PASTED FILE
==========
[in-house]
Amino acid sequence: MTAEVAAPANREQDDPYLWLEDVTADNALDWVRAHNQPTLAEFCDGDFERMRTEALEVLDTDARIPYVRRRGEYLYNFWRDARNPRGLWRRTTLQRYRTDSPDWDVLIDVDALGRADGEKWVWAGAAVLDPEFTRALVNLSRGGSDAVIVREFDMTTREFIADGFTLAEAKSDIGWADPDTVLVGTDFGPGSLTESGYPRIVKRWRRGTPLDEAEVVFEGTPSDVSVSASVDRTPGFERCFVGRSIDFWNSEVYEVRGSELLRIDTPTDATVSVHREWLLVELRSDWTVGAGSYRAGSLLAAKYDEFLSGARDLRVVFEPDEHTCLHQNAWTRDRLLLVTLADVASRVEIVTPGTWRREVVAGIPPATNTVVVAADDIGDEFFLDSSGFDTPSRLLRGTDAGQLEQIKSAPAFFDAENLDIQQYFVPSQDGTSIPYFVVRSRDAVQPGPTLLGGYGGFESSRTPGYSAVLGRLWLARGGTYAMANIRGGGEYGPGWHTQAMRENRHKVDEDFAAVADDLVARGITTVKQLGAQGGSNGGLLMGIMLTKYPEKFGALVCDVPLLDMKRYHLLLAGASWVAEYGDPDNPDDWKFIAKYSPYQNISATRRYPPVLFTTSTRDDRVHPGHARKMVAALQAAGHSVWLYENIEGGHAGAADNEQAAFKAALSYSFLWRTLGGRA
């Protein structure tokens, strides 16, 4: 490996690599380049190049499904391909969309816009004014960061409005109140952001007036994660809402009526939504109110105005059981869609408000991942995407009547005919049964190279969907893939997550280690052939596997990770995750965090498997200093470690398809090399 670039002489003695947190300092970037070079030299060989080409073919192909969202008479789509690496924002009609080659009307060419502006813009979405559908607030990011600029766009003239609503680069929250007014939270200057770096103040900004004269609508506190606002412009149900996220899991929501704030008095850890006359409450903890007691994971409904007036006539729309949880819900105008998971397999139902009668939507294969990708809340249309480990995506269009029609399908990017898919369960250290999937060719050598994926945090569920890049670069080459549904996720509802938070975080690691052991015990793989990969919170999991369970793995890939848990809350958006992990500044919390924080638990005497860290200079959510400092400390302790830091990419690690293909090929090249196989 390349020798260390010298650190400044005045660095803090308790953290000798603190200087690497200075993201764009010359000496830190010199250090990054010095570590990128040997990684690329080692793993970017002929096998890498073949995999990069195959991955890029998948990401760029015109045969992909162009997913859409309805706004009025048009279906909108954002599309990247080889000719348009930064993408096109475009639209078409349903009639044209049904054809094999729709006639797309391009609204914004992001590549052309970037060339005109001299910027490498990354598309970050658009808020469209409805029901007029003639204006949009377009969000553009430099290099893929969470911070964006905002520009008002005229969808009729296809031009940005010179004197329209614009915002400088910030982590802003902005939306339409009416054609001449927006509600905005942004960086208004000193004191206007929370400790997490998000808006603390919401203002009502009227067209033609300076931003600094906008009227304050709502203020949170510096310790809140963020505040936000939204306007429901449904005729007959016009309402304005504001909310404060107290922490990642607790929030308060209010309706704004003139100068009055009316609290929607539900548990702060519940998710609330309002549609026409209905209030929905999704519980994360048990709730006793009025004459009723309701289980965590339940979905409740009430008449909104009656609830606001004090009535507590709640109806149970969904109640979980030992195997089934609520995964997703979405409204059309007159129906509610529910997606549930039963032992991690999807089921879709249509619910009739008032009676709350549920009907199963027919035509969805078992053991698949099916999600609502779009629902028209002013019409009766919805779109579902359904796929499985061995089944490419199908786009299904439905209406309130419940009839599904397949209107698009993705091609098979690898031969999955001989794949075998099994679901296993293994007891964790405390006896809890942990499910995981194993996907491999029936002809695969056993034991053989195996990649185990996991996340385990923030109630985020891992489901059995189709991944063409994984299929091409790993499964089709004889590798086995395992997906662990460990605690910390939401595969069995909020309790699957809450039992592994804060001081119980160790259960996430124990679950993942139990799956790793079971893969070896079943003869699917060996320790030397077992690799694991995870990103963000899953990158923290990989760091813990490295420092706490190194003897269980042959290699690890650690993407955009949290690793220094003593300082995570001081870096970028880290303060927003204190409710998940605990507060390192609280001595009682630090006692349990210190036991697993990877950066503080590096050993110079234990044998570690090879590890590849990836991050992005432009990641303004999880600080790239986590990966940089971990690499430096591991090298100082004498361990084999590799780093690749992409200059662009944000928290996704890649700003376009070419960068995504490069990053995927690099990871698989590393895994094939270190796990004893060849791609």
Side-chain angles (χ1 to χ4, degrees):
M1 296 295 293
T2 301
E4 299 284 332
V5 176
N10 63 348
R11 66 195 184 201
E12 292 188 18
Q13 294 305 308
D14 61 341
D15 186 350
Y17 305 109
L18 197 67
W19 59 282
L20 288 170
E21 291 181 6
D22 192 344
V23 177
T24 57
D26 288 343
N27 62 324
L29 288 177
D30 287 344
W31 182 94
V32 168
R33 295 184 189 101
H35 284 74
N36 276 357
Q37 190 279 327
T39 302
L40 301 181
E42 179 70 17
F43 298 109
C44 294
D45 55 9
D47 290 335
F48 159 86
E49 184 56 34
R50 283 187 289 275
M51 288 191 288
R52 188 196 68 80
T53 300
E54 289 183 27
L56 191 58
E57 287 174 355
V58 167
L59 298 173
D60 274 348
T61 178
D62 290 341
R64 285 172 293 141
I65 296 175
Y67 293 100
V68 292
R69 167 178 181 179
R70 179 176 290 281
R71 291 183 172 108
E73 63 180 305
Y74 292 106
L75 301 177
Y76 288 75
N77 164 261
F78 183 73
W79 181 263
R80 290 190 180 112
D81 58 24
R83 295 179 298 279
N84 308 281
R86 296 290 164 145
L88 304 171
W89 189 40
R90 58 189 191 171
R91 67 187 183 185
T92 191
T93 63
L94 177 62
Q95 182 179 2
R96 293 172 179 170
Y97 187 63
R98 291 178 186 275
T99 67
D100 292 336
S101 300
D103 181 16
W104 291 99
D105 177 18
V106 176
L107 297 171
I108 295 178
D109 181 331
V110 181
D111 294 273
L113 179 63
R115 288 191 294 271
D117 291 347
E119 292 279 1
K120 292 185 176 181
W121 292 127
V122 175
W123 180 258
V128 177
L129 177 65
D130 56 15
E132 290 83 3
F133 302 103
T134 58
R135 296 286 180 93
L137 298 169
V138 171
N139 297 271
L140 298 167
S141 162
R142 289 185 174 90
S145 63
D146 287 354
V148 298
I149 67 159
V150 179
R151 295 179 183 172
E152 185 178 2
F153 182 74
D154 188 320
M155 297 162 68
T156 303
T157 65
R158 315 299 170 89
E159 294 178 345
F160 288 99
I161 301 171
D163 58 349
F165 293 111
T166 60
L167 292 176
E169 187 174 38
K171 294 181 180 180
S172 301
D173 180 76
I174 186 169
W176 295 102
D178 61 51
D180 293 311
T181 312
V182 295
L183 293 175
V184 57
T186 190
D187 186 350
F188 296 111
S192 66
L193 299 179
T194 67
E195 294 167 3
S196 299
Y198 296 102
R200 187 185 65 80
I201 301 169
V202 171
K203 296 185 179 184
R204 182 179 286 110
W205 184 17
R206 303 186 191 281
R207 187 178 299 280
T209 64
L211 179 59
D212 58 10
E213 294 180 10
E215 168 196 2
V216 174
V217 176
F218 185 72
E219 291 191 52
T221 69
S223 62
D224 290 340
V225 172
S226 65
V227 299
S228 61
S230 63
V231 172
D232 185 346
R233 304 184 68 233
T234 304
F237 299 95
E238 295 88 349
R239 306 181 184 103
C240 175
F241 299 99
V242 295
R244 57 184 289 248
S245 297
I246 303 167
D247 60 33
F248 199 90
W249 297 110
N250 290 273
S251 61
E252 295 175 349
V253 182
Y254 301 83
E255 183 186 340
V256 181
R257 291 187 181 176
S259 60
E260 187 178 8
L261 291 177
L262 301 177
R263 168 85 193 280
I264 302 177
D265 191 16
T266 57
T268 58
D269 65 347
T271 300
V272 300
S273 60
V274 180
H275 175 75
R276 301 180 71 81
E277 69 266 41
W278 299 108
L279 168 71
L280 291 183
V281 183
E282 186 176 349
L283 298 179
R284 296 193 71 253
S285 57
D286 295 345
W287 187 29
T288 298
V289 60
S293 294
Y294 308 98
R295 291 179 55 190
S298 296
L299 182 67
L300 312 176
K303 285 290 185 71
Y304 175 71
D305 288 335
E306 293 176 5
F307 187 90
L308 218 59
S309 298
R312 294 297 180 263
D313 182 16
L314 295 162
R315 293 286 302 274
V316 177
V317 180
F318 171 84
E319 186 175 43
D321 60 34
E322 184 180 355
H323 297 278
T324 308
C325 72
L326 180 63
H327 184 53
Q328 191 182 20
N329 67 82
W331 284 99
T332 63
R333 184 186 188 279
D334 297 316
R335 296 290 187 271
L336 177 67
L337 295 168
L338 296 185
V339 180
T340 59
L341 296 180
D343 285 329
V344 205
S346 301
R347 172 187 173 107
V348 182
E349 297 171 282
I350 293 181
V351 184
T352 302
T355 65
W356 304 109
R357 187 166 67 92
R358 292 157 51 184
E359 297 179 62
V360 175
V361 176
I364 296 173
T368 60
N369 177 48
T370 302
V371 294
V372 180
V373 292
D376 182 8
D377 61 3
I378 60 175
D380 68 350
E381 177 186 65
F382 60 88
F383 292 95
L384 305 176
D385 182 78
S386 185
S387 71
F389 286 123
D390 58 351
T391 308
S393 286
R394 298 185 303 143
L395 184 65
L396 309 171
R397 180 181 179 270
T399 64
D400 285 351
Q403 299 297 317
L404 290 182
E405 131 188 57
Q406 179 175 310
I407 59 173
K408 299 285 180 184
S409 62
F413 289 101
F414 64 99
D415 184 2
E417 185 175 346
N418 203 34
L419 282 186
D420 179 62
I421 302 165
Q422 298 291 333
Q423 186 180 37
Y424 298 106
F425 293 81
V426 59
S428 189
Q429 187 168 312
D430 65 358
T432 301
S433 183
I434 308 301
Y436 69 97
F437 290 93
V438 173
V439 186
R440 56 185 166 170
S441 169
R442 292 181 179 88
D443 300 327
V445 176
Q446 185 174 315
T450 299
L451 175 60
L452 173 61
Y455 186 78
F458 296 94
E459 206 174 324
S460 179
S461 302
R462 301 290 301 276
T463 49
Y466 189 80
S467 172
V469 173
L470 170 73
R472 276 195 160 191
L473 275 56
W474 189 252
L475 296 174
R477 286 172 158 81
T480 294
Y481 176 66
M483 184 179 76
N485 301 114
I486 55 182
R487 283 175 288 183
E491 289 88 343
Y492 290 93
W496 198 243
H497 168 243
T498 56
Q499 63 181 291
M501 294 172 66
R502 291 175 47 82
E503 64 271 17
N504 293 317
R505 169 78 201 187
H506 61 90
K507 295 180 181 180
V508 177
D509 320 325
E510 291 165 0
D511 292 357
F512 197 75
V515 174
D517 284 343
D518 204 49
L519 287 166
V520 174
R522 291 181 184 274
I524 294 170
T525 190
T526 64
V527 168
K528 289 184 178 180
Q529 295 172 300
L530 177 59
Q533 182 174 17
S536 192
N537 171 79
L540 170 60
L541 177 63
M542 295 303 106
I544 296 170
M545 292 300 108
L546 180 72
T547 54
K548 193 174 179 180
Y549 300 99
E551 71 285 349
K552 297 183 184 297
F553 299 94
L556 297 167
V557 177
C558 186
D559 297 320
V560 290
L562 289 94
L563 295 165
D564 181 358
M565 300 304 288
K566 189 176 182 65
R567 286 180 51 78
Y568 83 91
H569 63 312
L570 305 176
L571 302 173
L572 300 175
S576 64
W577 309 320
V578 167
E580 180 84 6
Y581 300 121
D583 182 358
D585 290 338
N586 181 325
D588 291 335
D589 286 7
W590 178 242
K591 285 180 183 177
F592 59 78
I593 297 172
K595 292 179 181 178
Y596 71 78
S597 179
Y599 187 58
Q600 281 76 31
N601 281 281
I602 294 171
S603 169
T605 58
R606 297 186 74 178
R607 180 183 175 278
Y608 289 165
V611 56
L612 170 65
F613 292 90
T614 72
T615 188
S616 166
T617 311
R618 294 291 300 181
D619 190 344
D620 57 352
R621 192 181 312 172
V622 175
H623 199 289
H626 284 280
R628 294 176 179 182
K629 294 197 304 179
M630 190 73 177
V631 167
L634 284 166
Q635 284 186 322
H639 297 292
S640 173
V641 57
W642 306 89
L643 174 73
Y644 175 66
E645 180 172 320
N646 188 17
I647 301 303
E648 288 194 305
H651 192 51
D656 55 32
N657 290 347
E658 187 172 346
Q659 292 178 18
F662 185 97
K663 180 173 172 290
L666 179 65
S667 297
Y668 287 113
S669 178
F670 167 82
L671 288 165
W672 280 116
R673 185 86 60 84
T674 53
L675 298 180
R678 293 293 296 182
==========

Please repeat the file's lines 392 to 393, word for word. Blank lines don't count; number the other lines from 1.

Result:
R505 169 78 201 187
H506 61 90